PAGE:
ECHR Decree of 17 January 2017 in the case of Kiraly and Domotor v. Hungary (application No. 10851/13).
In 2013, the applicants were assisted in preparing the application. Subsequently, the application was communicated to Hungary.
The case successfully examined the applicants' complaint that the authorities failed to fulfill their obligations to protect themselves from racist threats during the demonstration and to conduct an effective investigation of the incident. In the case there was a violation of the requirements of Article 8 of the Convention for the Protection of Human Rights and Fundamental Freedoms.
CIRCUMSTANCES OF THE CASE
The applicants are citizens of Hungary of the Roma nationality. In August 2012, there was a demonstration against the Roma. After the speeches, the demonstrators marched between houses inhabited by gypsies, threatening residents and committing acts of violence. The applicants complained that the authorities failed to fulfill their obligations to protect them from racist threats during the demonstration and to conduct an effective investigation of the incident in violation of Article 8 of the Convention.
ISSUES OF LAW
Compliance with the requirements of Article 8 of the Convention. (a) Applicability of the provisions of the Convention. Article 8 of the Convention covered many aspects of the physical and social identity of a person, and the ethnic identity of a person should be seen as another such element. The threats against the Roma in the course of the demonstration did not really translate into specific acts of violence against the applicants themselves. Nevertheless, the Court concluded that the fact that certain acts of violence were committed by at least some demonstrators and that after the demonstrations marched in the Roma district, shouting out threats that caused the applicants a well-founded fear of violence and humiliation. In addition, threats were directed against the inhabitants due to their belonging to an ethnic minority and, thus, inevitably affected the self-esteem and self-confidence of its members, including the applicants.
(b) Merits. The courts of Hungary decided that there was no legal basis for the dispersal of the demonstration, since it maintained a generally peaceful character, despite some hooligan acts. The European Court recognized that there were no signs of arbitrariness or apparent lack of diligence on the part of the authorities regarding the decision of the police not to disperse the demonstration. In particular, the domestic courts participated in assessing whether the actions committed by the police were professionally justified and whether they were sufficient to protect the applicants and the Roma community as a whole, stressing that the police took a number of preliminary measures and during the demonstration was between the protesters and local residents. Consequently, there was no need to call into question the findings of the Hungarian courts regarding the adequacy of the police response to the demonstration.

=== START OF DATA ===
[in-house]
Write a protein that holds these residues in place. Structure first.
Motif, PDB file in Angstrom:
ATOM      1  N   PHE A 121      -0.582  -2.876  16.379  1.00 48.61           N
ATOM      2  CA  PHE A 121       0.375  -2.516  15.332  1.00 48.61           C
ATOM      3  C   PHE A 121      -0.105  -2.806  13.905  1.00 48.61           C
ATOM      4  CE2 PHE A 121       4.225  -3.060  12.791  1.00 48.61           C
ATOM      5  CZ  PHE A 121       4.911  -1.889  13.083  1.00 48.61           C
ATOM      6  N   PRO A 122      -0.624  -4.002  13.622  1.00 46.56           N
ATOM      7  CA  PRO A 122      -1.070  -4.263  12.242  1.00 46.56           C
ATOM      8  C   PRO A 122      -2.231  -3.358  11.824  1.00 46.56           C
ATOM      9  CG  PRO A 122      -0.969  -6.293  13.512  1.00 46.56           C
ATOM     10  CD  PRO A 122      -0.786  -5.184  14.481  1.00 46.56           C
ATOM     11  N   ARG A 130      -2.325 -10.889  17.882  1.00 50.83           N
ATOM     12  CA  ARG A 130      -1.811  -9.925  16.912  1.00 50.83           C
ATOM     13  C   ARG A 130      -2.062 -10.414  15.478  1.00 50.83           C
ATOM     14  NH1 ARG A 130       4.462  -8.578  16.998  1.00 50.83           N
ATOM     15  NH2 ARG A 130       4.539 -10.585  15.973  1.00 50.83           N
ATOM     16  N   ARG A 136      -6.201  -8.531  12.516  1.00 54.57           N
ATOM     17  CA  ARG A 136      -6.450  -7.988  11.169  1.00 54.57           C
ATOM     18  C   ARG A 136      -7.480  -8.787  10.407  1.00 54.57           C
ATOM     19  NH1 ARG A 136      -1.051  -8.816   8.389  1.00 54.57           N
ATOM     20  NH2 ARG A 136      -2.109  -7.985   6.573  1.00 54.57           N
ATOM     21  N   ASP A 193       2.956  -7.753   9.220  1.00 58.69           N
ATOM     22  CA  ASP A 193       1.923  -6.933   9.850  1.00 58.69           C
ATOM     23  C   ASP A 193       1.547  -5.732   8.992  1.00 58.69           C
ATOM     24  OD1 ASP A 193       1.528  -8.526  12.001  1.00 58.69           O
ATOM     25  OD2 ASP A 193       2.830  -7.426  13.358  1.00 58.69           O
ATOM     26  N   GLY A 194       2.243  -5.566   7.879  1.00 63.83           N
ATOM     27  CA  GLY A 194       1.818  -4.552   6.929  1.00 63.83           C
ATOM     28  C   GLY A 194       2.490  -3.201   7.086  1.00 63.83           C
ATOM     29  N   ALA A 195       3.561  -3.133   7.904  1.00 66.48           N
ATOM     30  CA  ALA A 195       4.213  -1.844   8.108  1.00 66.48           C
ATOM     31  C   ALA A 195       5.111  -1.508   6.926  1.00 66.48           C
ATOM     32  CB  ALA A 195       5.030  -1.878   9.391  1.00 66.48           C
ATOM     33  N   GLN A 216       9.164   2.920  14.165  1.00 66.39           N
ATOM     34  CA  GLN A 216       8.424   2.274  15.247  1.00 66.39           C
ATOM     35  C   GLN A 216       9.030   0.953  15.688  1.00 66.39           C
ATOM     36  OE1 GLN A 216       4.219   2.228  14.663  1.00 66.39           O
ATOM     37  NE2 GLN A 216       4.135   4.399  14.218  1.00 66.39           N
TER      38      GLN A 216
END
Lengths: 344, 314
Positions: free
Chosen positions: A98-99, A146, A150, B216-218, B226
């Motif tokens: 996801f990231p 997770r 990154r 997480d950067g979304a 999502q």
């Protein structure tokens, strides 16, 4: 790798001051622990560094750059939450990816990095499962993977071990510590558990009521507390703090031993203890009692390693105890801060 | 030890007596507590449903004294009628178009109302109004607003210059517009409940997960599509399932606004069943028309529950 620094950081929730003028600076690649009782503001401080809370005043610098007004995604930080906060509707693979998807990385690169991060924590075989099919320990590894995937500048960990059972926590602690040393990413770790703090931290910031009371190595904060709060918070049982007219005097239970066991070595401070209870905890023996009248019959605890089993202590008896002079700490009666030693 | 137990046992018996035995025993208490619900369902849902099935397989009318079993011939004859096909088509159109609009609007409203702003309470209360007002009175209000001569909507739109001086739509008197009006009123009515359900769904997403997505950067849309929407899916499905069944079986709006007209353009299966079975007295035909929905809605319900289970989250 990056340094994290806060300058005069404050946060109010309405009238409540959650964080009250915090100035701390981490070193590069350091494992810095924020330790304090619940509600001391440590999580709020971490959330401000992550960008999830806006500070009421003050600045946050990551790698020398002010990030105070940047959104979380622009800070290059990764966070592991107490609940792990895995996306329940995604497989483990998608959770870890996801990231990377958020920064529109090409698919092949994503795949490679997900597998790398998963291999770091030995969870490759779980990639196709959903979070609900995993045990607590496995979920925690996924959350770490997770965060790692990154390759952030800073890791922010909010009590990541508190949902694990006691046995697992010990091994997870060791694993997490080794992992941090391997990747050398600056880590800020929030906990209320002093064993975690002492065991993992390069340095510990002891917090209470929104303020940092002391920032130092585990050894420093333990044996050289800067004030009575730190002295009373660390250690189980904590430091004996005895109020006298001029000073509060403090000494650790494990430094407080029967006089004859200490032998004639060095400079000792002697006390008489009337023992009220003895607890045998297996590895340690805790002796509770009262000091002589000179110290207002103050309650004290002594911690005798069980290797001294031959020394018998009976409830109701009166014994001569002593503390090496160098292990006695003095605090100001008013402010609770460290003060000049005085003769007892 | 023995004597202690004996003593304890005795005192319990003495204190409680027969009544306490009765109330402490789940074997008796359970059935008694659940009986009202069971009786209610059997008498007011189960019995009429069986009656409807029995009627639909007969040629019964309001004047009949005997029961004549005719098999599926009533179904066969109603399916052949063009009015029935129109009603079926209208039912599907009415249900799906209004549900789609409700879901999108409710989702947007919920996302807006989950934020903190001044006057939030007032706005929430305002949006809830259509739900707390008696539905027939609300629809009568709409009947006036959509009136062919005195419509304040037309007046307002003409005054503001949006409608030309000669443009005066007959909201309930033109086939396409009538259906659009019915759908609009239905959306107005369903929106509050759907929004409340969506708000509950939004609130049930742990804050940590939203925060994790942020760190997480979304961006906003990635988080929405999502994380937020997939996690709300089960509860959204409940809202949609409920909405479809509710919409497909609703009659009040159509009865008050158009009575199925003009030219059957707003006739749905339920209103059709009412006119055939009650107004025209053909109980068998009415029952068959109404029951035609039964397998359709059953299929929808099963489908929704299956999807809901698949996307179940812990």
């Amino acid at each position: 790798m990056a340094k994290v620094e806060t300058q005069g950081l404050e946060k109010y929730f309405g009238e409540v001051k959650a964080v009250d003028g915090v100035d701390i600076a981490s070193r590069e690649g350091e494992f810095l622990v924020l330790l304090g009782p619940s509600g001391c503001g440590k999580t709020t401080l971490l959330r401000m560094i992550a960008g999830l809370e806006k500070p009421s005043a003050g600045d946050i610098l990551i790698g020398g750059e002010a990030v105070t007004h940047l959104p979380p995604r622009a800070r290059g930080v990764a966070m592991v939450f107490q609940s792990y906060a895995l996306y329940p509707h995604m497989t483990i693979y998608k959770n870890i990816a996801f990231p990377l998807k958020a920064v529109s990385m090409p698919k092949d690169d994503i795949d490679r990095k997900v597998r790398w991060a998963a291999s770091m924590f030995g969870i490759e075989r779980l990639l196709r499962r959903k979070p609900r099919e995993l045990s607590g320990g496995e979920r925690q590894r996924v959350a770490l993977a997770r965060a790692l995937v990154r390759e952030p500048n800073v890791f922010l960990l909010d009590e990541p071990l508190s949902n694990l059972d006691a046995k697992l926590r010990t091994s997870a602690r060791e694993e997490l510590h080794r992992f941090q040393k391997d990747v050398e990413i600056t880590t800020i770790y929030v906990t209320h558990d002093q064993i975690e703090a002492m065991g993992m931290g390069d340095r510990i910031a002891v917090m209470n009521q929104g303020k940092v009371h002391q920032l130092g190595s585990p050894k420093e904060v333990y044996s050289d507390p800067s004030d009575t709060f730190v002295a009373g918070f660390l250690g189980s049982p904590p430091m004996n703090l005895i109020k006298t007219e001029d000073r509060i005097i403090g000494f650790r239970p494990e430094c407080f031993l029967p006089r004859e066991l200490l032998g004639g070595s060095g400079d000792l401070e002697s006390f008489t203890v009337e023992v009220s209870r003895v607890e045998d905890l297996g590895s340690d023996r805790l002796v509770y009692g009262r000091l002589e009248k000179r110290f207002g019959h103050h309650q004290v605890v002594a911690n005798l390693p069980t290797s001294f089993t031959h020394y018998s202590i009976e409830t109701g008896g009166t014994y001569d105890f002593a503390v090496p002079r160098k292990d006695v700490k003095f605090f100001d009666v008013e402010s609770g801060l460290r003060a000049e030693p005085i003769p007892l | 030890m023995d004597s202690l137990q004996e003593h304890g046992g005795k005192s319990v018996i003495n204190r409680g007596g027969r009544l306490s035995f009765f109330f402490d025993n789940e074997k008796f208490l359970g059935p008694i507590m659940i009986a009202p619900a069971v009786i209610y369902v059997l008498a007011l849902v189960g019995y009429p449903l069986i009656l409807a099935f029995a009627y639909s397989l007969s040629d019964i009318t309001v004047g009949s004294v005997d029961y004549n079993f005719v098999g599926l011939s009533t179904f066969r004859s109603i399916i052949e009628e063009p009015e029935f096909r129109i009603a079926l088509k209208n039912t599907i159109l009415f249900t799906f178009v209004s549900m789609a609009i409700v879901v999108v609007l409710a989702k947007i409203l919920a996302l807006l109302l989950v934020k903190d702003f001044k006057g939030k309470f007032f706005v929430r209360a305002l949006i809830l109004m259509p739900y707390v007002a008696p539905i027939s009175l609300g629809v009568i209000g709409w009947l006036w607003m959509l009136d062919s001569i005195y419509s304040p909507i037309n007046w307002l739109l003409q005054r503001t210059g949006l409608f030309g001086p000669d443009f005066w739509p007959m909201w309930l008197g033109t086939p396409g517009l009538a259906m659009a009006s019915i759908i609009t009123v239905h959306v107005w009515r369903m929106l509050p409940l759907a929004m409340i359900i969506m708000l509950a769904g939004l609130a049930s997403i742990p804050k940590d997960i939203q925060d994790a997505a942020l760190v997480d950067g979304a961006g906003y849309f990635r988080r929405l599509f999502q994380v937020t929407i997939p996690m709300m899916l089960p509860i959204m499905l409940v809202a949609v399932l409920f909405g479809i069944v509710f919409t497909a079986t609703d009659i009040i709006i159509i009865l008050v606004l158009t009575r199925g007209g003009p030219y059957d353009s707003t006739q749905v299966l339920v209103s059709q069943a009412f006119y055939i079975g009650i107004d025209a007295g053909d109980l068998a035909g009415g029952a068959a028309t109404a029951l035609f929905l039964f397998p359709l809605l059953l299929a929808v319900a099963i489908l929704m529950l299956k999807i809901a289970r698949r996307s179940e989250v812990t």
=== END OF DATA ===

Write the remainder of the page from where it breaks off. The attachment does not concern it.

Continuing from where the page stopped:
However, it remains a fact that the applicants could not escape a demonstration that defends racially motivated policies and intimidates them in relation to belonging to an ethnic group. The criminal investigation into the crime of incitement against the group was discontinued, as the authorities of the respondent State found that the speeches of the speakers during the procession were not covered by the relevant crime. The investigation was started on the fact of criminal violence, and the subsequent proceedings resulted in the conviction of one of the demonstrators.
The procedure for involving criminal law mechanisms was used as an appropriate factor for assessing whether the protection of the applicant's rights was defective to the extent that the positive obligations of the respondent State were violated in accordance with article 8 of the Convention. The domestic bodies had to pay special attention to the specific context in which the contested statements were made. The event was organized at a time when processions involving large groups and directed against Roma took place on a scale that could qualify as large-scale coordinated intimidation. Racist statements, together with the context in which they spoke, could constitute a clear and immediate threat of violence and violation of the rights of others.
The trial lasted almost three years, and its scope, according to the law, amounted to actual acts of violence. Although the police had enough time to prepare for the event and had to be able to interrogate many people after the incident, only five demonstrators were interrogated. Such a course of events made it impossible to establish the facts of the case and did not constitute a sufficient response to the real and complex nature of the situation complained of. The cumulative effect of the inadequacies of the investigation, especially the lack of a comprehensive law enforcement approach to events, led to an open racist demonstration with periodic acts of violence that left virtually no legal consequences, and the applicants were not provided with the required protection of their right to psychological integrity.
In the case there was a violation of the requirements of Article 8 of the Convention (adopted by five votes "for" with two - "against").
In the application of Article 41 of the Convention. The Court awarded the applicants EUR 7,500 in respect of non-pecuniary damage. (See also PF and EF v. The United Kingdom judgment of 23 November 2010, application no. 28326/09, The Grand Chamber of the European Court in Perincek v. Switzerland ( Perincek v. Switzerland) of 15 October 2015, complaint No. 27510/08).